Cognitive Therapy and Research

, Volume 42, Issue 3, pp 230–235 | Cite as

Remoteness and Valence of Autobiographical Memory in Depression

  • Dahyeon KimEmail author
  • K. Lira Yoon
  • Jutta Joormann
Brief Report


We examined whether major depressive disorder (MDD) is associated with a tendency to recall more remote, specific autobiographical memories, particularly in the context of positive memories. To this end, individuals with MDD (n = 26) and healthy controls (n = 54) completed the Autobiographical Memory Test. Consistent with the hypothesis, remoteness of specific memories in the MDD group, but not the control group, depended on valence. Compared to the control group, the MDD group recalled more remote positive events. Additionally, the MDD group’s positive specific memories were significantly more remote than their negative specific memories. Retrieving remote positive memories might impair mood regulation and maintain an individual’s negative mood and perpetuate depression.


Depression Autobiographical memory Memory remoteness Valence effect 



This study is not funded.

Compliance with Ethical Standards

Conflict of interest

Dahyeon Kim, Lira Yoon, and Jutta Joormann declare that they have no conflict of interest.

Ethical Approval

All procedures performed in studies involving human participants were in accordance with the ethical standards of the institutional and/or national research committee and with the 1964 Helsinki declaration and its later amendments or comparable ethical standards.

Informed Consent

Informed consent was obtained from all individual participants included in the study.

Animal Rights

No animal studies were carried out by the authors for this article.


  1. American Psychiatric Association. (2000). Diagnostic and statistical manual of mental disorders (4th edn., text rev.). Lake St. Louis: American Psychiatric Association.
  2. Beck, A. T. (1987). Cognitive models of depression. Journal of Cognitive Psychotherapy: An International Quarterly, 1, 5–37.Google Scholar
  3. Beck, A. T., Steer, R. A., & Brown, G. K. (1996). BDI-II manual for the Beck Depression Inventory-II. San Antonio, TX: The Psychological Corporation.Google Scholar
  4. Demiray, B., & Bluck, S. (2011). The relation of the conceptual self to recent and distant autobiographical memories. Memory, 19(8), 975–992. Scholar
  5. Falco, D. E., Peynircioğlu, Z. F., & Hohman, T. J. (2015). Tendency to recall memories as a mediator of overgeneral recall in depression. Clinical Psychological Science, 3, 913–925. Scholar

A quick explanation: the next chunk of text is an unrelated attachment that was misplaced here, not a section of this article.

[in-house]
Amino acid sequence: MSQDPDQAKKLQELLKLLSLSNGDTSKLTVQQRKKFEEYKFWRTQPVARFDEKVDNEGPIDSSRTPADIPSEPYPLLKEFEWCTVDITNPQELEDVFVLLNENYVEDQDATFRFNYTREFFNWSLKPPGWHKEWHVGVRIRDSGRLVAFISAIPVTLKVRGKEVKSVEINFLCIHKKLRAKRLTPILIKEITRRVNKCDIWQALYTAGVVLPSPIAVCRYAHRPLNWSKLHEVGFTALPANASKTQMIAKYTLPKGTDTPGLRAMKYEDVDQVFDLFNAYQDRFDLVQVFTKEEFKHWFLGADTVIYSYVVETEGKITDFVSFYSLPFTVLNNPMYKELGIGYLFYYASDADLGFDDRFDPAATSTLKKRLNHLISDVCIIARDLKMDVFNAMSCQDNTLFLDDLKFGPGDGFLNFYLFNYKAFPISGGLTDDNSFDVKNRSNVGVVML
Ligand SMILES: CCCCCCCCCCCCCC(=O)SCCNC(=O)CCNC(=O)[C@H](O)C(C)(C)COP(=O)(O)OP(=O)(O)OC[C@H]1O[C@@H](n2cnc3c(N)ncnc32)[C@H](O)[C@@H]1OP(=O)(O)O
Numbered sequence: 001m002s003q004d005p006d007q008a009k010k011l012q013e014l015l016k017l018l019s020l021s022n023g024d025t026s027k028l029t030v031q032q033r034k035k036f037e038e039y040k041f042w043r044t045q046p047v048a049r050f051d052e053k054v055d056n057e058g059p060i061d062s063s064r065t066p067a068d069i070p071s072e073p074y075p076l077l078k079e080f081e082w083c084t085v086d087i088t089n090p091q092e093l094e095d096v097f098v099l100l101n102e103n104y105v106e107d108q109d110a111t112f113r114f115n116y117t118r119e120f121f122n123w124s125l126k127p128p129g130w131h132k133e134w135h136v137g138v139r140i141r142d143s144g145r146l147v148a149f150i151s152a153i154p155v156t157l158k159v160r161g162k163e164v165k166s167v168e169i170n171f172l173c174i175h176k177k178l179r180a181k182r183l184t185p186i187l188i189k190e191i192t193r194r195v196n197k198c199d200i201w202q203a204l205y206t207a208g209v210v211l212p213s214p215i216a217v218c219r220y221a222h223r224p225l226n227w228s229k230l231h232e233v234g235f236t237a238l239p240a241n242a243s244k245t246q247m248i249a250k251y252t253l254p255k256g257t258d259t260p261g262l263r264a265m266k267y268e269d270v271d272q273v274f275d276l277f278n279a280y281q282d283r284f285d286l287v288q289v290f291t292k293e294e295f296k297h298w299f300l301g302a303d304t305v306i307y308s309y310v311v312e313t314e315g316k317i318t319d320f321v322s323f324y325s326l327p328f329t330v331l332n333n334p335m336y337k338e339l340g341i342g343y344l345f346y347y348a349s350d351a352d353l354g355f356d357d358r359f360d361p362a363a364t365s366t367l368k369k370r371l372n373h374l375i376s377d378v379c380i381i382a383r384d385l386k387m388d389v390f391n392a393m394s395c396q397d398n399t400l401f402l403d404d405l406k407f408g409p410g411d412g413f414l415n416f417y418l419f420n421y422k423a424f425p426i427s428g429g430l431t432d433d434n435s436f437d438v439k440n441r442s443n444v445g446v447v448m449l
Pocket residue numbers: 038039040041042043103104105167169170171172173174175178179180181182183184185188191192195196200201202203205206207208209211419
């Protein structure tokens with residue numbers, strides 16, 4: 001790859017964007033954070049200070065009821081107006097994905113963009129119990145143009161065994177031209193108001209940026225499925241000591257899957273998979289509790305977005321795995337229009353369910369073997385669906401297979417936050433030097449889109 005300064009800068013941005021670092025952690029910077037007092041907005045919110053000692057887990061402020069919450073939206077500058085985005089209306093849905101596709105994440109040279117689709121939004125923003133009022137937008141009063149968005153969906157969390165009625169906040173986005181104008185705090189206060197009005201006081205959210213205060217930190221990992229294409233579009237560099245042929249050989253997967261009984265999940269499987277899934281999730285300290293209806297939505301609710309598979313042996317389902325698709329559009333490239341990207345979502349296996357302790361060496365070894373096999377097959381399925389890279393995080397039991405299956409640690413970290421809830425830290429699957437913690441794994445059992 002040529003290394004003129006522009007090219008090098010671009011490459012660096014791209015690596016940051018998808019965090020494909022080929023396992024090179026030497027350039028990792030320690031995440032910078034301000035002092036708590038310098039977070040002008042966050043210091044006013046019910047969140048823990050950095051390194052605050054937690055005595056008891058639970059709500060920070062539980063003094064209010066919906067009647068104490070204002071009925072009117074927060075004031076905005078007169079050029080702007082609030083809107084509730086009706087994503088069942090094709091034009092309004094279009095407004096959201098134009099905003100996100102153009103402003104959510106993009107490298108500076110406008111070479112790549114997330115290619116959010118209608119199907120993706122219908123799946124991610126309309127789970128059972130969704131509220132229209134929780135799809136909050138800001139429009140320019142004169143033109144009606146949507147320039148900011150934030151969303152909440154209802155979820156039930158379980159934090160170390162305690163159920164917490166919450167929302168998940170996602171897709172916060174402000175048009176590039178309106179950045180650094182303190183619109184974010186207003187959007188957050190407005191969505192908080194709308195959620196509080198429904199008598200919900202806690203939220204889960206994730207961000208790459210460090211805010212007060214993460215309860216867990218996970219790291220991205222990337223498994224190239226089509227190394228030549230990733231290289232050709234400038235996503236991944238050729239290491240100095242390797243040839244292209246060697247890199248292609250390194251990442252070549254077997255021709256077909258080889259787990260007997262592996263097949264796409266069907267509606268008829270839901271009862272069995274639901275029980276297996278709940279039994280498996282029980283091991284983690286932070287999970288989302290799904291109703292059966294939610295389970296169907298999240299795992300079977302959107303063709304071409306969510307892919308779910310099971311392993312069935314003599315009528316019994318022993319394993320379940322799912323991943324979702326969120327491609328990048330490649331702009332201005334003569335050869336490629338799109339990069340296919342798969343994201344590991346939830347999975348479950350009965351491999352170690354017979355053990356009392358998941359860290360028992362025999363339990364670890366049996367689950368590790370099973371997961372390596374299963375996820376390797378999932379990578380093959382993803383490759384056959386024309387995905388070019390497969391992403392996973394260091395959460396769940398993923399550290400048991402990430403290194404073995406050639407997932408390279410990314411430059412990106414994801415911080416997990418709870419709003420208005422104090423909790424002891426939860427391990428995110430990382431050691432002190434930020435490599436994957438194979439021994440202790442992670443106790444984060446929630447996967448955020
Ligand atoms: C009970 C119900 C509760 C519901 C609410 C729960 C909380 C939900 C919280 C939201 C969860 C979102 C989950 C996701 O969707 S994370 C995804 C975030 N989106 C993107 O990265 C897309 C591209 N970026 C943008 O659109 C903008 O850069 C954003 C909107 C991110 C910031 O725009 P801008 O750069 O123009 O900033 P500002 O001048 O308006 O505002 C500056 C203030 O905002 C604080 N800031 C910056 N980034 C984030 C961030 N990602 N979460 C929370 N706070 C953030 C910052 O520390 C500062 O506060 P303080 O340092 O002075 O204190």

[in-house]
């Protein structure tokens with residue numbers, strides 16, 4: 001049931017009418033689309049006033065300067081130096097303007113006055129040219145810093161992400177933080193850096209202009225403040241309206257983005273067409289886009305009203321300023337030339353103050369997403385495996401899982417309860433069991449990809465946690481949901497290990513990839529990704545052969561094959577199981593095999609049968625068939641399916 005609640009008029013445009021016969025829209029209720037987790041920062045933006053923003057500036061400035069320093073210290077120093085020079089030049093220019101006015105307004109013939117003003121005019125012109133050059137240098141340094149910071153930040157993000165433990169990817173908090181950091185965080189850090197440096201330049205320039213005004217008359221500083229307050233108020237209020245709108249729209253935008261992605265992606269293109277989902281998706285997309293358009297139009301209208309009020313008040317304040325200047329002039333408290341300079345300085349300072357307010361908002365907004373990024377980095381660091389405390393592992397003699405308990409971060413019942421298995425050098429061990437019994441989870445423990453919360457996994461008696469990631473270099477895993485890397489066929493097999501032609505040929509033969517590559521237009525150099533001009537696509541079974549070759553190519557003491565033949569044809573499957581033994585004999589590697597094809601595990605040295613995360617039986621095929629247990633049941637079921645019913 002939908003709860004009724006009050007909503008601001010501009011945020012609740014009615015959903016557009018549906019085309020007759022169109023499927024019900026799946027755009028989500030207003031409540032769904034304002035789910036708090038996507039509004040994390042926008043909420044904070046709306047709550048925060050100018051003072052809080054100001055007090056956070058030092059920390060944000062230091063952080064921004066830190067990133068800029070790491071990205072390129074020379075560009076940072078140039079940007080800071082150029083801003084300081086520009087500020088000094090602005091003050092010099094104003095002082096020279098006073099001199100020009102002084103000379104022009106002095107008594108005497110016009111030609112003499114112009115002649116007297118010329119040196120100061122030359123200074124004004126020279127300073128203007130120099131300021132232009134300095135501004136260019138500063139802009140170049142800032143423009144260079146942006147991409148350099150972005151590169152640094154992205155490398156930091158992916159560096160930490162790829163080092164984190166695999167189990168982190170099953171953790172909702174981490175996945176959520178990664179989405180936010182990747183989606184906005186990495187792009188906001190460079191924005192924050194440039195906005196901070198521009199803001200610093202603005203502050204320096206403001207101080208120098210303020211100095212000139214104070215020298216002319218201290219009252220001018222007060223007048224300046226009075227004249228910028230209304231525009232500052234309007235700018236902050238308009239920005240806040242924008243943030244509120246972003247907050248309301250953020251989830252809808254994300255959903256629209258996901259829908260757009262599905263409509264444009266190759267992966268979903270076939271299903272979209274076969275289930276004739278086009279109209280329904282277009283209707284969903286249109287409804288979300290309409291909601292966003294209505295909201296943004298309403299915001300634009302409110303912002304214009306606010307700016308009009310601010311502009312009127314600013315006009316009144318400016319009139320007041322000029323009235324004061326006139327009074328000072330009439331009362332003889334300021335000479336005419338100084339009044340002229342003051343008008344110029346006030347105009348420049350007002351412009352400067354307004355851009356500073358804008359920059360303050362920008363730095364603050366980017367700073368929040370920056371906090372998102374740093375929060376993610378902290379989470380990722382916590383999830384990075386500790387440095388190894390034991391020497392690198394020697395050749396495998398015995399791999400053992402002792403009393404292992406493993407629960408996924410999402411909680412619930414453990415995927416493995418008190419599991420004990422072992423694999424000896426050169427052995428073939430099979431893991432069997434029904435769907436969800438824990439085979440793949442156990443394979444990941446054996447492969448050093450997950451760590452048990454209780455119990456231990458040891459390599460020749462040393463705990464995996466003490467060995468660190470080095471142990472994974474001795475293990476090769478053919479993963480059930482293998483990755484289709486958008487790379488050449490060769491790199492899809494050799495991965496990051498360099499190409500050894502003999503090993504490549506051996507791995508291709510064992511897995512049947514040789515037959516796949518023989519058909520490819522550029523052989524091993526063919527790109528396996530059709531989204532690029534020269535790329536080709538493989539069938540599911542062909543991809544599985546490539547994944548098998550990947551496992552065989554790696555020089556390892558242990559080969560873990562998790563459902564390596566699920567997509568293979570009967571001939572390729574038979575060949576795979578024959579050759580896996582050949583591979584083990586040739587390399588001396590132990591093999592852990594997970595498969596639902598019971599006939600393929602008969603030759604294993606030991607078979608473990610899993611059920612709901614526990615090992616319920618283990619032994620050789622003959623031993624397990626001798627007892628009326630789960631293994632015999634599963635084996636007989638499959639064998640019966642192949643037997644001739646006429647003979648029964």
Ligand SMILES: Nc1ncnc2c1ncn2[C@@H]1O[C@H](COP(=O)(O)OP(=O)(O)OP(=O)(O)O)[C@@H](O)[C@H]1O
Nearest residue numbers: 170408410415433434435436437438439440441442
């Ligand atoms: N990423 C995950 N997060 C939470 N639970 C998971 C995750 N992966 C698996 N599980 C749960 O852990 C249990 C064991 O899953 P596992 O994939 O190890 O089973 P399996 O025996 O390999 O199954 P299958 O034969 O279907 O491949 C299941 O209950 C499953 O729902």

6. First, M. B., Spitzer, R. L., Gibbon, M., & Williams, J. B. W. (1996). User’s guide for the structured clinical interview for DSM-IV Axis I disorder version (SCID-I, Version 2.0, February 1996 Final Version). New York: New York State Psychiatric Institute, Biometrics Research Department.Google Scholar
  7. Gotlib, I. H., & Joormann, J. (2010). Cognition and depression: Current status and future directions. Annual Review of Clinical Psychology, 6, 285–312. Scholar
  8. Griffith, J. W., Sumner, J. A., Raes, F., Barnhofer, T., Debeer, E., & Hermans, D. (2012). Current psychometric and methodological issues in the measurement of overgeneral autobiographical memory. Journal of Behavior Therapy and Experimental Psychiatry, 43, S21–S31. Scholar
  9. Joormann, J., & Siemer, M. (2004). Memory accessibility, mood regulation, and dysphoria: Difficulties in repairing sad mood with happy memories? Journal of Abnormal Psychology, 113, 179–188. Scholar
  10. Lemogne, C., Piolino, P., Friszer, S., Claret, A., Girault, N., Jouvent, R., & Fossati, P. (2006). Episodic autobiographical memory in depression: Specificity, autonoetic consciousness, and self-perspective. Consciousness and Cognition: An International Journal, 15(2), 258–268. Scholar
  11. Levens, S. M., & Gotlib, I. H. (2009). Impaired selection of relevant positive information in depression. Depression and Anxiety, 26(5), 403–410. Scholar
  12. Liebowitz, M. R. (1987). Social phobia. Modern Problems of Pharmocopsychiatry, 22, 141–173.Google Scholar
  13. Raes, F., Hermans, D., Williams, J. M., & Eelen, P. (2007). A sentence completion procedure as an alternative to the autobiographical memory test for assessing overgeneral memory in non-clinical populations. Memory, 15(5), 495–507. Scholar
  14. Rubin, D. C., & Schulkind, M. D. (1997). The distribution of autobiographical memories across the lifespan. Memory and Cognition, 25(6), 859–866. Scholar
  15. Wang, Y., & Gorenstein, C. (2013). Psychometric properties of the Beck Depression Inventory-II: A comprehensive review. Revista Brasileira de Psiquiatria, 35(4), 416–431. Scholar
  16. Williams, J. M., Barnhofer, T., Crane, C., Hermans, D., Raes, F., Watkins, E., & Dalgeish, T. (2007). Autobiographical memory specificity and emotional disorder. Psychological Bulletin, 133(1), 122–148. Scholar
  17. Williams, J. M., & Broadbent, K. (1986). Autobiographical memory in suicide attempters. Journal of Abnormal Psychology, 95(2), 144–149. Scholar
  18. Wisco, B. E., & Nolen-Hoeksema, S. (2010). Interpretation bias and depressive symptoms: The role of self-relevance. Behaviour Research and Therapy, 48(11), 1113–1122. Scholar
  19. Yoon, K. L., & Joormann, J. (2012). Stress reactivity in social anxiety disorder with and without comorbid depression. Journal of Abnormal Psychology, 121(1), 250–255. Scholar

Copyright information

© Springer Science+Business Media, LLC, part of Springer Nature 2017

Authors and Affiliations

  1. 1.Department of PsychologyUniversity of Notre DameNotre DameUSA
  2. 2.Department of PsychologyYale UniversityNew HavenUSA

Personalised recommendations